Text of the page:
By Matthew Wagner
The characteristic music signaling the arrival of “the ice cream man” is a powerful thing. It causes people of all ages to stop what they’re doing, scramble for spare change, and frantically chase the colorful truck down the street.
Knowing our obsession with delicious cold treats — especially during the Ojai Valley’s hottest months — Chris Crossett has run the Ojai Ice Cream Truck on and off for the last 20 years.
Born and raised in Ojai, Crossett had to make a job change in his adult life after his mother-in-law was diagnosed with Alzheimer’s. An ice cream truck seemed to fit in with his schedule, and seemed like a good purchase and source of income. “I noticed that there was no ice cream man in Ojai,” Crossett said. “I thought it would be something cool and fun for Ojai. Plus, I could take my kids with me.”
Over the years, Crossett has come to know his customers well. “It is fun to watch people that I used to serve when they were children, come out with their kids and buy ice cream from me,” he said. Crossett, who used to bring his children on the truck with him to serve ice cream, now enjoys teaching his grandkids the ropes. “My kids learned how to work at a young age,” said Crossett, who has six children and eight grandchildren. “They learn everything from counting back money to customer service.”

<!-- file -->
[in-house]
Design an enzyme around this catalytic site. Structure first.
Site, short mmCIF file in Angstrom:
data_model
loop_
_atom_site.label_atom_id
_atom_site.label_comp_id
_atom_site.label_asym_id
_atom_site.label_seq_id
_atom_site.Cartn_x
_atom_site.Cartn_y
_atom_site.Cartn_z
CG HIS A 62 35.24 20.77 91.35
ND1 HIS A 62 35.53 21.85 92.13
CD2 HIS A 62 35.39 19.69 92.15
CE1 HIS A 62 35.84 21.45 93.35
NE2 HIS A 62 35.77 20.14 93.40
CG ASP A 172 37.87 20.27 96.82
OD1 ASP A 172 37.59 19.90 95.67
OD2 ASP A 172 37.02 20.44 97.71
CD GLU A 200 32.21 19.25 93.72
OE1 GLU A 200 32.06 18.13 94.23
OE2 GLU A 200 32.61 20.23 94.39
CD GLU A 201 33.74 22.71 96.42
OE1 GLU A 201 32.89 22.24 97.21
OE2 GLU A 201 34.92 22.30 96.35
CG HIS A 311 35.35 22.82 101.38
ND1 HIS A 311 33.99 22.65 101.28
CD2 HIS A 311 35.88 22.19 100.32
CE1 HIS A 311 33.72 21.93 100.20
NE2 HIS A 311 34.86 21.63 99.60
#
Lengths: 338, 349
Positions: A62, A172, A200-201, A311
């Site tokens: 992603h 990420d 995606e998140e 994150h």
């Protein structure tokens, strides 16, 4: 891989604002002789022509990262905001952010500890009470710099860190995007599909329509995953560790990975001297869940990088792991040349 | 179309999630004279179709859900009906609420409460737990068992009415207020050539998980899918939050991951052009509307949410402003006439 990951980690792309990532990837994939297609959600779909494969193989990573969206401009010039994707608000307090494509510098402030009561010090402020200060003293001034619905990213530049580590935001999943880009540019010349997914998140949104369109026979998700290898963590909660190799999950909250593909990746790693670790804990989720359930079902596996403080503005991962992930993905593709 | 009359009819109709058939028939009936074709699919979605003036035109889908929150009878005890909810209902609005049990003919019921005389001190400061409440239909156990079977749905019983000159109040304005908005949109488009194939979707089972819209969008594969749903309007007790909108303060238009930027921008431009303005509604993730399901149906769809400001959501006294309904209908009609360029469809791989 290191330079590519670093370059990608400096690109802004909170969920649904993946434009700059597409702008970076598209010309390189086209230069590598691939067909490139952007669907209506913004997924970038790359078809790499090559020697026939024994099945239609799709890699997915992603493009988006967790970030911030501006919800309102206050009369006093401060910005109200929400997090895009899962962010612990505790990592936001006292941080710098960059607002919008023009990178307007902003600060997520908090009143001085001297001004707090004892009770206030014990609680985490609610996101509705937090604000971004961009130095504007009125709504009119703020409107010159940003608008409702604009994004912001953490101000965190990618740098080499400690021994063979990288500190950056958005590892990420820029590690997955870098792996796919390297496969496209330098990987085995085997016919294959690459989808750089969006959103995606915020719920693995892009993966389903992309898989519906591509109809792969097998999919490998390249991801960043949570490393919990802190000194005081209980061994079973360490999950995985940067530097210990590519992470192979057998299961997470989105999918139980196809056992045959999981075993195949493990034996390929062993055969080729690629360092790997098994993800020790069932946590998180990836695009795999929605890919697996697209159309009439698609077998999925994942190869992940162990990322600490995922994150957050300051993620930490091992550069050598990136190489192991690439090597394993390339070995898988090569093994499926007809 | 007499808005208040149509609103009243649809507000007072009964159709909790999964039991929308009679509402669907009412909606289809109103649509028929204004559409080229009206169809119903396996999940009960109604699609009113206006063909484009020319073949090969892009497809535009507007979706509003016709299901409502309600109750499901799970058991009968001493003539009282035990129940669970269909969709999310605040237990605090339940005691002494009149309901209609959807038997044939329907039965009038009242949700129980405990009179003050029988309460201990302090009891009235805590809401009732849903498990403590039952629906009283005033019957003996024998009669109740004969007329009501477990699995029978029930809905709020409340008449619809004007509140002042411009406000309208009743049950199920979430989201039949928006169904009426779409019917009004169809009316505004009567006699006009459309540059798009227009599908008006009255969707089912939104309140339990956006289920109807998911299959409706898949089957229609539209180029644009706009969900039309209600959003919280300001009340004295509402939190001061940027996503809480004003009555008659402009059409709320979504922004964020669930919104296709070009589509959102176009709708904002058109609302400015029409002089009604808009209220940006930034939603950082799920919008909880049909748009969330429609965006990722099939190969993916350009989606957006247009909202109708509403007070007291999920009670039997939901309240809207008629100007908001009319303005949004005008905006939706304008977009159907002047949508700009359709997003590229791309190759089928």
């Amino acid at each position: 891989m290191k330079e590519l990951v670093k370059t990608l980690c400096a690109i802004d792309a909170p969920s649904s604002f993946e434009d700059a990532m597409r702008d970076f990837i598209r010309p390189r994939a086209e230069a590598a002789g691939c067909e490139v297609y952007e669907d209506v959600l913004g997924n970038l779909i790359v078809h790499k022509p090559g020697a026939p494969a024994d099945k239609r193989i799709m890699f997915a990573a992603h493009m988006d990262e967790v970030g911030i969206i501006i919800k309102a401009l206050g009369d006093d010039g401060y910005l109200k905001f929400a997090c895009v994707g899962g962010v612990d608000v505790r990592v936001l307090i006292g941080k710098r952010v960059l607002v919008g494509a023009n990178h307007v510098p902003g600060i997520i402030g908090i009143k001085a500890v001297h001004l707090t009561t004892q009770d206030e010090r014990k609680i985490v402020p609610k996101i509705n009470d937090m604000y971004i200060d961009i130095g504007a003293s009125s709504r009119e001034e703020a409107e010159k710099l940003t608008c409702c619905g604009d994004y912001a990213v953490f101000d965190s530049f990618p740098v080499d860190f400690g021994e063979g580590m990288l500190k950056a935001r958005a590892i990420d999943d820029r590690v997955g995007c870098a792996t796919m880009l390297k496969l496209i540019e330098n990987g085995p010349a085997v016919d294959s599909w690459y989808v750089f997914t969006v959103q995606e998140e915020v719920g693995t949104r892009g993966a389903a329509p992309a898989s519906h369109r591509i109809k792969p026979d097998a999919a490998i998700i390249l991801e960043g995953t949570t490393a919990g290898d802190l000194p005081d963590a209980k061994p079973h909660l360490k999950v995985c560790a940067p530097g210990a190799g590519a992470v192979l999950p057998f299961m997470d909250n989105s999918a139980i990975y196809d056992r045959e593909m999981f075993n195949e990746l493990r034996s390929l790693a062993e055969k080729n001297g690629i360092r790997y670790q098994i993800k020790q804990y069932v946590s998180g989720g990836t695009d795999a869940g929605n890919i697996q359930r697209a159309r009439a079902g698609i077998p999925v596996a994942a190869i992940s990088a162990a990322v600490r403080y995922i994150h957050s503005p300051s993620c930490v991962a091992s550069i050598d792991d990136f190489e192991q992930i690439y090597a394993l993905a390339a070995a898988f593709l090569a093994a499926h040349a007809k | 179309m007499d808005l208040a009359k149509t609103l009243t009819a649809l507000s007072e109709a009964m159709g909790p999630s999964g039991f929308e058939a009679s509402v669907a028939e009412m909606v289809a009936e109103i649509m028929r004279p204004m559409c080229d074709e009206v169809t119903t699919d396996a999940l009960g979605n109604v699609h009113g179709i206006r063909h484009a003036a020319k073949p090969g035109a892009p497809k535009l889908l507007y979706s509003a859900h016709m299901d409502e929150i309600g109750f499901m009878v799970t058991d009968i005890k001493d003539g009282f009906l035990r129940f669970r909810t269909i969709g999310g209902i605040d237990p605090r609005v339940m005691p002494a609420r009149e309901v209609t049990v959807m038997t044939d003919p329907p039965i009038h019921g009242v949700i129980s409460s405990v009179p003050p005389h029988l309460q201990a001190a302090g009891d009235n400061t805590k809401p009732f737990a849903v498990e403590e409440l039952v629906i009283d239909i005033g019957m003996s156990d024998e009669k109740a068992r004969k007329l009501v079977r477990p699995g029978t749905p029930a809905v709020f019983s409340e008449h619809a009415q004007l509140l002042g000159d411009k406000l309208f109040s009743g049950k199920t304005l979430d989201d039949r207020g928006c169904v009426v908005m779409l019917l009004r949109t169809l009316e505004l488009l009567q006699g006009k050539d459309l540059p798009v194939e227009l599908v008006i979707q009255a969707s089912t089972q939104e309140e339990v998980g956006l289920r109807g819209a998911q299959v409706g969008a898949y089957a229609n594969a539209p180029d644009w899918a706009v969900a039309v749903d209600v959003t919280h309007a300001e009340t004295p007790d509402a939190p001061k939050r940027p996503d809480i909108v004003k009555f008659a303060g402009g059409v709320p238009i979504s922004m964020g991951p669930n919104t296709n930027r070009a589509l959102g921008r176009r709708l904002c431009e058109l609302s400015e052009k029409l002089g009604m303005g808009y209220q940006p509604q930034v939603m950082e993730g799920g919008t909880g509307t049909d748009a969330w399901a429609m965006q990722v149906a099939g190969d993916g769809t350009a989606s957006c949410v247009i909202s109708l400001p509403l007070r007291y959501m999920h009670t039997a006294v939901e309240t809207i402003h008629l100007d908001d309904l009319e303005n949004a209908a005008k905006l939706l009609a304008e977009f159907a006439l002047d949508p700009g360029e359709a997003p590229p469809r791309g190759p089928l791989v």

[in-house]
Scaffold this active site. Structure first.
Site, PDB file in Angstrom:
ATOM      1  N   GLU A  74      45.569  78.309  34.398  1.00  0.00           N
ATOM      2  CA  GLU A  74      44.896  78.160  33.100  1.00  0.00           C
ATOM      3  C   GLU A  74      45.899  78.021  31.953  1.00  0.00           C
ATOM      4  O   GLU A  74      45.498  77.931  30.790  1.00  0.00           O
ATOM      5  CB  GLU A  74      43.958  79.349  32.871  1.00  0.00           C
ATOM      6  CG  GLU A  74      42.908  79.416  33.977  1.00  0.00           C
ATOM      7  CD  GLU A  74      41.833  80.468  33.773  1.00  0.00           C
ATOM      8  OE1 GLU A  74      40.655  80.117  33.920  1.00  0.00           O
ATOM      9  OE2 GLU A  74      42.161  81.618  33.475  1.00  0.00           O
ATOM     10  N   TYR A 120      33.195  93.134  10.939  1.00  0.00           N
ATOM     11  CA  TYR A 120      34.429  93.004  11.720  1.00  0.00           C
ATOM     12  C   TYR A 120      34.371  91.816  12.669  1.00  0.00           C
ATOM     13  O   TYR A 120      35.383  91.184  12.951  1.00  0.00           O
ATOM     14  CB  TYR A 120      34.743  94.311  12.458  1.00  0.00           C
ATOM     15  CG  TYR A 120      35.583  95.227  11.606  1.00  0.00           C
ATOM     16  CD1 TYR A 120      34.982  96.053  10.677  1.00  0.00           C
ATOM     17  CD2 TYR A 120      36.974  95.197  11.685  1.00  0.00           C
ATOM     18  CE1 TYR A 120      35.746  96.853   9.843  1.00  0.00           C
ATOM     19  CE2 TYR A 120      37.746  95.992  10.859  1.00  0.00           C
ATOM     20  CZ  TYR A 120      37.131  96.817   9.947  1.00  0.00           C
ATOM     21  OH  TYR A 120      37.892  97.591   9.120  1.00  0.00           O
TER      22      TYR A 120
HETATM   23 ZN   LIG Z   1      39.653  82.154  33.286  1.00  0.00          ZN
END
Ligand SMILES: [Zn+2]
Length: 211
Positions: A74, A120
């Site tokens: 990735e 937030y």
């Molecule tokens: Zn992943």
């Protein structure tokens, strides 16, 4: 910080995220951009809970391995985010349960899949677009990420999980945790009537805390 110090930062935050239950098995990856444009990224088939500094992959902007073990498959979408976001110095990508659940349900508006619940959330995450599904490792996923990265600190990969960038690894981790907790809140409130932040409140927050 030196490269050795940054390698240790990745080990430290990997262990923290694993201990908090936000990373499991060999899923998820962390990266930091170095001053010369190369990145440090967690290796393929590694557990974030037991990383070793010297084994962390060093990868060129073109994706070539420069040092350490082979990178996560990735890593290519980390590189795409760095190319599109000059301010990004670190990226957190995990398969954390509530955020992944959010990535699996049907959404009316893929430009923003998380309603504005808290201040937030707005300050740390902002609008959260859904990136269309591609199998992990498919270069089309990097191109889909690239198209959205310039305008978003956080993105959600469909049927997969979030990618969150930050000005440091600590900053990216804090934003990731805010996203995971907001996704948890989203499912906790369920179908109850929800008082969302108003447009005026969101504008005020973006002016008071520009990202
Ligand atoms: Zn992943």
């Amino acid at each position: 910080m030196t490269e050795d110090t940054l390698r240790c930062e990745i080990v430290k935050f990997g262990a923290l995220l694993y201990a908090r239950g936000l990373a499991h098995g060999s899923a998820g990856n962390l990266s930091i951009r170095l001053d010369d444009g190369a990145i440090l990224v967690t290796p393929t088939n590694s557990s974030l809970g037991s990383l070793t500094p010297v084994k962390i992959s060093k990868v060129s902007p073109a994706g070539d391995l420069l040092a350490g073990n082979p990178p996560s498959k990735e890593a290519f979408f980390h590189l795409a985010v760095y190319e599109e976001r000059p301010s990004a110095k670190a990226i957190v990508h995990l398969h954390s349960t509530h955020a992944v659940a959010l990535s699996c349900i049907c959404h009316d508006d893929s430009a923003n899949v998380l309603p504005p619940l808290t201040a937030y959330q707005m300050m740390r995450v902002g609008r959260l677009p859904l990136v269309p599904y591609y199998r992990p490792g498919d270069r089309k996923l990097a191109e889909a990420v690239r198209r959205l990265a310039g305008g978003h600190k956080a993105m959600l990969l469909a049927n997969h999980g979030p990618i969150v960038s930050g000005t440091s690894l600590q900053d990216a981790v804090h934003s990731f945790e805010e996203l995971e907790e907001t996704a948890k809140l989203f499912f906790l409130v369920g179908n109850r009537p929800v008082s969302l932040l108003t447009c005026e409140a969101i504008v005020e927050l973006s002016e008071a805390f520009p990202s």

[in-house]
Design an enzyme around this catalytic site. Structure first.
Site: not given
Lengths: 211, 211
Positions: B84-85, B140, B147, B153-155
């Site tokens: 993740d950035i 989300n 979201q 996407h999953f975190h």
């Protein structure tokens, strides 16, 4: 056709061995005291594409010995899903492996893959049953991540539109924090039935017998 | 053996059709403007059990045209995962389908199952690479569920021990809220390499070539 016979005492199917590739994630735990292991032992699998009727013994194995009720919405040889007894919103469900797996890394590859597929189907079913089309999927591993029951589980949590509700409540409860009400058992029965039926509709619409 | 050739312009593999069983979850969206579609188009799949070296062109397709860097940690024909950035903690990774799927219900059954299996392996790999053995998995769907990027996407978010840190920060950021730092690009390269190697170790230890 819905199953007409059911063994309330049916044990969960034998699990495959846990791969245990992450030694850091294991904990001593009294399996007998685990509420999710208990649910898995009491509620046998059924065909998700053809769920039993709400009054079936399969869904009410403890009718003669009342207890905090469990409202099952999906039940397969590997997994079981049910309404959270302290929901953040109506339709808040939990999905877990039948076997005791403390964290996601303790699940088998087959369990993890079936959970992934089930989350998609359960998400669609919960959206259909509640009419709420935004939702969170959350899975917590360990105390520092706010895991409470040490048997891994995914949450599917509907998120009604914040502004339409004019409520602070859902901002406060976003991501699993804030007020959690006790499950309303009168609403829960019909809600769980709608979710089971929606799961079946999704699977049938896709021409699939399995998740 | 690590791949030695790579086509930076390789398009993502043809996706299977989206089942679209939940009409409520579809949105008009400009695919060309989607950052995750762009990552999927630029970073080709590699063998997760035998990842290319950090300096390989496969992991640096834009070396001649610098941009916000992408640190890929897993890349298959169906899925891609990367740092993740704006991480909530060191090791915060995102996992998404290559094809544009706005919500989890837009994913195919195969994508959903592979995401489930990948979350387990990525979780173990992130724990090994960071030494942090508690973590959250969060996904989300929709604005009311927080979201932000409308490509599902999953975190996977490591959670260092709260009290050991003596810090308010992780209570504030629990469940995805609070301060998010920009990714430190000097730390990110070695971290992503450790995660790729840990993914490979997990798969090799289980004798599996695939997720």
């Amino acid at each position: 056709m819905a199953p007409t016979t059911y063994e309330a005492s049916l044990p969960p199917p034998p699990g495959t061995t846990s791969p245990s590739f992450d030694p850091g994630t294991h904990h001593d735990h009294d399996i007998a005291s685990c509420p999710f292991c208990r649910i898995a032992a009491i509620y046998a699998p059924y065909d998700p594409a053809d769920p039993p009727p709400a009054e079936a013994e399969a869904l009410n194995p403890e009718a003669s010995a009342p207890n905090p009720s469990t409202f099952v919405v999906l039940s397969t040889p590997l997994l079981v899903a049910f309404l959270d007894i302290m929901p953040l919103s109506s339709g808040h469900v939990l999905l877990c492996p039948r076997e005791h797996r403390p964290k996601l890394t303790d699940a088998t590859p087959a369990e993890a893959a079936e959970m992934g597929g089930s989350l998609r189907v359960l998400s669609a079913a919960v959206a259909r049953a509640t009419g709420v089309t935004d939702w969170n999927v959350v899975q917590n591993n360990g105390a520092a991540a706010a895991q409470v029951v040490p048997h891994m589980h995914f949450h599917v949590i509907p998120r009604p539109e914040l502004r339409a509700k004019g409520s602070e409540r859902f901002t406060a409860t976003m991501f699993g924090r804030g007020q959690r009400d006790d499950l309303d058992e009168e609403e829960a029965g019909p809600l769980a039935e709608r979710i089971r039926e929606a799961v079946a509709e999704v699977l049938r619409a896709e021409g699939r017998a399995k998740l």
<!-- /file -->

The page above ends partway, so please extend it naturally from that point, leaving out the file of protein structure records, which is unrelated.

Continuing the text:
There are certain places that the ice cream truck does not venture. “I do not do the East End. It is very hard to do under-populated areas. At the same time, it is hard to go down over-populated areas as well. With the big truck it causes traffic blocks,” said Crossett.
There are different times for different parts of the year that he goes out. “During the school year I start at a quarter to three, normally from 3 to 5 p.m. During the summer I start at noon,” said Crossett. All together Crossett keeps more than 40 flavors of ice cream on the truck at any time.
Crossett has a helper, Lexi May, who helps him on Tuesdays and Fridays. “I truly have fun with it, I hope I am doing something for the community and that people enjoy what I do,” said Crossett. “I do not plan on retiring. If I have any luck I’ll be having my great-grandkids on my truck.”